Protein-ligand binding prediction has extensive biological significance. Binding affinity helps in understanding the degree of protein-ligand interactions and is a useful measure in drug design. Protein-ligand docking using virtual screening and molecular dynamic simulations are required to predict the binding affinity of a ligand to its cognate receptor. Performing such analyses to cover the entire chemical space of small molecules requires intense computational power. Recent developments using deep learning have enabled us to make sense of massive amounts of complex data sets where the ability of the model to "learn" intrinsic patterns in a complex plane of data is the strength of the approach.
In the nine years since AlexNet spawned the age of deep learning, artificial intelligence (AI) has made significant technological progress in medical imaging, with more than 80 deep-learning algorithms approved by the U.S. FDA since 2012 for clinical applications in image detection and measurement. A 2020 survey found that more than 82% of imaging providers believe AI will improve diagnostic imaging over the next 10 years and the market for AI in medical imaging is expected to grow 10-fold in the same period. Despite this optimistic outlook, AI still falls short of widespread clinical adoption in radiology. A 2020 survey by the American College of Radiology (ACR) revealed that only about a third of radiologists use AI, mostly to enhance image detection and interpretation; of the two thirds who did not use AI, the majority said they saw no benefit to it. In fact, most radiologists would say that AI has not transformed image reading or improved their practices.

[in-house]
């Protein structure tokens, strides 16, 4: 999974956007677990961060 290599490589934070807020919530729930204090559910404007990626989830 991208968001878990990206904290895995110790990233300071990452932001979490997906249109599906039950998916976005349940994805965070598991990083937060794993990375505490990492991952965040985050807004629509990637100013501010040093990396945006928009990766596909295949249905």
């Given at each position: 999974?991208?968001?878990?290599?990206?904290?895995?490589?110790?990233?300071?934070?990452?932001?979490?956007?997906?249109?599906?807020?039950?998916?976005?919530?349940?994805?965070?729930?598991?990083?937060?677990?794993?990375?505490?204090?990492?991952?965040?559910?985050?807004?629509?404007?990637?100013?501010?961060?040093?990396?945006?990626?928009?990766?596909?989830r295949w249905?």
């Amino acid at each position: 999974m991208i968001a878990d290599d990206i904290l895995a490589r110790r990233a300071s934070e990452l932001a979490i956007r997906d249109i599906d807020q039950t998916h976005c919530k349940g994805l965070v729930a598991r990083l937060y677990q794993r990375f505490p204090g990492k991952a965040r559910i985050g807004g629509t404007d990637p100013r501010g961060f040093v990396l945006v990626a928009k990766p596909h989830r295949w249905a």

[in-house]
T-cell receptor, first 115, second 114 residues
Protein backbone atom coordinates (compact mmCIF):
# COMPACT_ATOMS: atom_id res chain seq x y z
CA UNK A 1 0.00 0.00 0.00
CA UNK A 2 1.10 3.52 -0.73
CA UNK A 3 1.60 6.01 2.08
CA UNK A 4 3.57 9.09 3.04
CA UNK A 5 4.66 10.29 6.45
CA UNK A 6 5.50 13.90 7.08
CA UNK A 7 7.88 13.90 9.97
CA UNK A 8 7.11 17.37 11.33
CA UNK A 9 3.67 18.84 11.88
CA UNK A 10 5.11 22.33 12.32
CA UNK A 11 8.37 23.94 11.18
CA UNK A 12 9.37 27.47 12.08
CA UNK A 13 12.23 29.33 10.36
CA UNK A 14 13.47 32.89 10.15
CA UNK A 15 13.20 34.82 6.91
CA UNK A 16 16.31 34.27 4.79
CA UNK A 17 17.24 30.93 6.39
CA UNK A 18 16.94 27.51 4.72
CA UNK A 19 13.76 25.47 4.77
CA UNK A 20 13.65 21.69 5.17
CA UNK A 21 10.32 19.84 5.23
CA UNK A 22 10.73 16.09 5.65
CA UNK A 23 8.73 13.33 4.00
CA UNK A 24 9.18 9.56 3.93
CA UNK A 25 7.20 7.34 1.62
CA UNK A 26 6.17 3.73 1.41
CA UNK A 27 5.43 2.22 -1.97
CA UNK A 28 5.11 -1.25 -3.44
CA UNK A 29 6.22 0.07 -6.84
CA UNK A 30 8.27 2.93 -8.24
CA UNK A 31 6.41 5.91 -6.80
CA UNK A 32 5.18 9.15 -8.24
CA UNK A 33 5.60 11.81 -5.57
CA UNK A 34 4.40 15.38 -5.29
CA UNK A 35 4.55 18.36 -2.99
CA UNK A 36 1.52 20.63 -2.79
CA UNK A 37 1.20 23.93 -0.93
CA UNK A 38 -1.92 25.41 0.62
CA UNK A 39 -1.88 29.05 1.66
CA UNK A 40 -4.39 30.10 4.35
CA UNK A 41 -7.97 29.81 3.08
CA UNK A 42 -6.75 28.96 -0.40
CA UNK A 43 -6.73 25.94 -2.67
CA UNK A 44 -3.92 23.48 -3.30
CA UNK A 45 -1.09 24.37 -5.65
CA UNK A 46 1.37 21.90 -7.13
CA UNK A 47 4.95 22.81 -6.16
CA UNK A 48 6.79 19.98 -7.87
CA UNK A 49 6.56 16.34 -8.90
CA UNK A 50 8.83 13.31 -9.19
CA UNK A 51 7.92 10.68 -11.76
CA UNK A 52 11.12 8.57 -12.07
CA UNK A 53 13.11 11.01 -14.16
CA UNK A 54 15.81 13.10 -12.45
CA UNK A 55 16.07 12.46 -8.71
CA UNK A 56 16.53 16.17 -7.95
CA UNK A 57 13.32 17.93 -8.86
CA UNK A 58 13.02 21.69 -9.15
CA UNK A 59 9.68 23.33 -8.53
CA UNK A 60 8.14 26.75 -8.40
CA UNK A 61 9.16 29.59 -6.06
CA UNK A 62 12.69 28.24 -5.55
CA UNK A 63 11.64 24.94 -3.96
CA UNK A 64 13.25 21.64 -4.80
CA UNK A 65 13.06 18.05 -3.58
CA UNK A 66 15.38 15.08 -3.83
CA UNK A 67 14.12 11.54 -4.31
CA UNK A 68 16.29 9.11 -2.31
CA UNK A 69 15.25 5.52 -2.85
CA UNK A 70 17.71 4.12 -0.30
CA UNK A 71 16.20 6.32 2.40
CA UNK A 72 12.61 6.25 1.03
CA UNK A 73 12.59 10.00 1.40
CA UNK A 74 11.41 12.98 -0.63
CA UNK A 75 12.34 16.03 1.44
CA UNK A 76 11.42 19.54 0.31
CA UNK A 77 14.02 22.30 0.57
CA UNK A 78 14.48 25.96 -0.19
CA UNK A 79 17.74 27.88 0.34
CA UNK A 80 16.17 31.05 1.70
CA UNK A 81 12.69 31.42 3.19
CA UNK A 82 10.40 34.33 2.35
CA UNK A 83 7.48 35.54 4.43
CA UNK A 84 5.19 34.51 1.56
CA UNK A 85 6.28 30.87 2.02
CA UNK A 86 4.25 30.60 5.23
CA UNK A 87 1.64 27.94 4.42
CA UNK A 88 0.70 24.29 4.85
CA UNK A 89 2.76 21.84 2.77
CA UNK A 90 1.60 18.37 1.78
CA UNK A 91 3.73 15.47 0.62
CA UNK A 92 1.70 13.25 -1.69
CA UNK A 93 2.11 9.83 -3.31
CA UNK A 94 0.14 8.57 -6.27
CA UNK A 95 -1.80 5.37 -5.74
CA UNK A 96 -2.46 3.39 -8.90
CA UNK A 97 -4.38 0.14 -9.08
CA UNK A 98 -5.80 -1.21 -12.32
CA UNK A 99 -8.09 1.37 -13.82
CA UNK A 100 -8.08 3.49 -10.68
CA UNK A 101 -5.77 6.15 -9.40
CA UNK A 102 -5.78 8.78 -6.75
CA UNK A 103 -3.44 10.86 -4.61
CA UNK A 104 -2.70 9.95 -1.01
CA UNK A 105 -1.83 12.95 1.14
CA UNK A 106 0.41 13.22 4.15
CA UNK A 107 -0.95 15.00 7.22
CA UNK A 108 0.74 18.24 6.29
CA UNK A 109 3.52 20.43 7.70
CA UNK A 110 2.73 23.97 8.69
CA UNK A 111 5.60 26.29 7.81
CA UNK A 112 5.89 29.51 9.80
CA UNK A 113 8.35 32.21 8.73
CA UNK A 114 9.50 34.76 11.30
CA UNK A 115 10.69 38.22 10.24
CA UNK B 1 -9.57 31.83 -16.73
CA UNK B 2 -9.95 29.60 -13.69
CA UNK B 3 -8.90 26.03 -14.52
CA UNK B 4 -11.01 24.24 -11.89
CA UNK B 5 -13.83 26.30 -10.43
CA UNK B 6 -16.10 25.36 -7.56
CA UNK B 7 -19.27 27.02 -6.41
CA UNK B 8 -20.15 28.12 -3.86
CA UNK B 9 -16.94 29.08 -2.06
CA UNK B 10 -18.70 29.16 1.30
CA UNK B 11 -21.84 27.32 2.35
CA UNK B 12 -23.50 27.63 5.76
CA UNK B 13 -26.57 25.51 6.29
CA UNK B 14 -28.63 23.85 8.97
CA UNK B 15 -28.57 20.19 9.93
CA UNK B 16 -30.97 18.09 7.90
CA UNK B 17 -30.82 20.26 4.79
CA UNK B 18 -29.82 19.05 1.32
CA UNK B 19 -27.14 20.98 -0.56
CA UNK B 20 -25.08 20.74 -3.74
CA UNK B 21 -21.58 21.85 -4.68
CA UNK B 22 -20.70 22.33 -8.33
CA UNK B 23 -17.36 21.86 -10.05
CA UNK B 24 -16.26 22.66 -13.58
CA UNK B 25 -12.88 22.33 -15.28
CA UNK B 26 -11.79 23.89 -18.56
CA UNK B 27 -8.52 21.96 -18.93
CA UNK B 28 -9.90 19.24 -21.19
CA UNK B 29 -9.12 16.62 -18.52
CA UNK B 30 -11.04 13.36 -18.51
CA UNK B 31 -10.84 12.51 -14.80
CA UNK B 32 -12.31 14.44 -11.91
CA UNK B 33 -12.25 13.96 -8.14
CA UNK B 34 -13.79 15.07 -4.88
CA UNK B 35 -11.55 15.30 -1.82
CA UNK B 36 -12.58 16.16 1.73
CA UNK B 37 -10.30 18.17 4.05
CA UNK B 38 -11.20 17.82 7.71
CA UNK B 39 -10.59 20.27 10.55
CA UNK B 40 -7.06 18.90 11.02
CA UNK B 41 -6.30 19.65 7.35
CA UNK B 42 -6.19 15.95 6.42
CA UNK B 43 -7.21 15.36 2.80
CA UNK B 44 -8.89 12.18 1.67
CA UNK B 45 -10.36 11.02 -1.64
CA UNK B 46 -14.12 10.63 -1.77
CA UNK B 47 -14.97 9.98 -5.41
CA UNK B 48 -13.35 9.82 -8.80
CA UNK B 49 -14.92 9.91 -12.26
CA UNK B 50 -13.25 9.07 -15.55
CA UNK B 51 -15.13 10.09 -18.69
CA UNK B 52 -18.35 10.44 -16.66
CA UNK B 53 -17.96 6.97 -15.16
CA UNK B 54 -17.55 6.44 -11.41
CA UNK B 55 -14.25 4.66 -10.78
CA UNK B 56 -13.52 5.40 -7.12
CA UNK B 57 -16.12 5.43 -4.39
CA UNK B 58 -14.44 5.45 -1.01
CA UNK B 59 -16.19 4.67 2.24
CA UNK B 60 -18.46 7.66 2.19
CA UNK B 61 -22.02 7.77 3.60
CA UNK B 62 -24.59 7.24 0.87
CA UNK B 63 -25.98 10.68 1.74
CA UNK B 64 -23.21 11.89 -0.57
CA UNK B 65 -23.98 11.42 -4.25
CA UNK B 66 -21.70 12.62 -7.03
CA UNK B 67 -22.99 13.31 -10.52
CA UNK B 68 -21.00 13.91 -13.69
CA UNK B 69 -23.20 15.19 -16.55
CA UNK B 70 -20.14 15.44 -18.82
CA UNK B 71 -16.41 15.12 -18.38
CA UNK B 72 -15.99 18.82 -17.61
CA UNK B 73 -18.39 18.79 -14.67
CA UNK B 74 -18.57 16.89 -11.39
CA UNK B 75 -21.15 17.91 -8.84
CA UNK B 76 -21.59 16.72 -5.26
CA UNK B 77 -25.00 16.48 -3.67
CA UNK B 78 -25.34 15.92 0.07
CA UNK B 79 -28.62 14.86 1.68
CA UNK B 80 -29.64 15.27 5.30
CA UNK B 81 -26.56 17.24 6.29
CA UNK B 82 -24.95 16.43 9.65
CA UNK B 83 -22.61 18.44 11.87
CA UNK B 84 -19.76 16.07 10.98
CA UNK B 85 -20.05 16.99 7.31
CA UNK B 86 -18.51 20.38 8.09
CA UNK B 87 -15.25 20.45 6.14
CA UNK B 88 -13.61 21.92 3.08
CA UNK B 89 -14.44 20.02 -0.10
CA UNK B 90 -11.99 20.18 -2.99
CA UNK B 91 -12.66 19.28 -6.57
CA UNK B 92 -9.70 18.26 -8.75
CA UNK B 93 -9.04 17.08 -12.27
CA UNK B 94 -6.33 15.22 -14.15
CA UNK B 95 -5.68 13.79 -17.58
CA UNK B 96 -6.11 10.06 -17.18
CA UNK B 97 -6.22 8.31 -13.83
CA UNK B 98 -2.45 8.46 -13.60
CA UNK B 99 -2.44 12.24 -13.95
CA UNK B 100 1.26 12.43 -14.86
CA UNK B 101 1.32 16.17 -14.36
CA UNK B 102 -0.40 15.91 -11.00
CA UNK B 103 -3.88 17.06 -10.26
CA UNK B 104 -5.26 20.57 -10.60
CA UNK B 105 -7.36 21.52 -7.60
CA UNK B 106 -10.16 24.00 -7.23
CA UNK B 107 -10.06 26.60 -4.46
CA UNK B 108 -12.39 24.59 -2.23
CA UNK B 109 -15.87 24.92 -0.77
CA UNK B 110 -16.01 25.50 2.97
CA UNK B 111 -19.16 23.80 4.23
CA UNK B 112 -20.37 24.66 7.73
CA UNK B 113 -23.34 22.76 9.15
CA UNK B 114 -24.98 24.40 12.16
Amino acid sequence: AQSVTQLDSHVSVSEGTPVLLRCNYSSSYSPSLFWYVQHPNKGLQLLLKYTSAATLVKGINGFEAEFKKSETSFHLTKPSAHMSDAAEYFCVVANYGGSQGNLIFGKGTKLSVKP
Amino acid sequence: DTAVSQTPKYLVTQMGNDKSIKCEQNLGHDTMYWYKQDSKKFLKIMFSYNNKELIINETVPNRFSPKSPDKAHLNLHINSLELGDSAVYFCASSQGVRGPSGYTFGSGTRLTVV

The more general point is that computer algorithms will have a devil of a time predicting which jobs are most at risk for being replaced by computers, since they have no comprehension of the skills required to do a particular job successfully. In one study that was widely covered (including by The Washington Post, The Economist, Ars Technica, and The Verge), Oxford University researchers used the U.S. Department of Labor's O NET database, which assesses the importance of various skill competencies for hundreds of occupations. For example, using a scale of 0 to 100, O*NET gauges finger dexterity to be more important for dentists (81) than for locksmiths (72) or barbers (60). The Oxford researchers then coded each of 70 occupations as either automatable or not and correlated these yes/no assessments with O*NET's scores for nine skill categories. Using these statistical correlations, the researchers then estimated the probability of computerization for 702 occupations.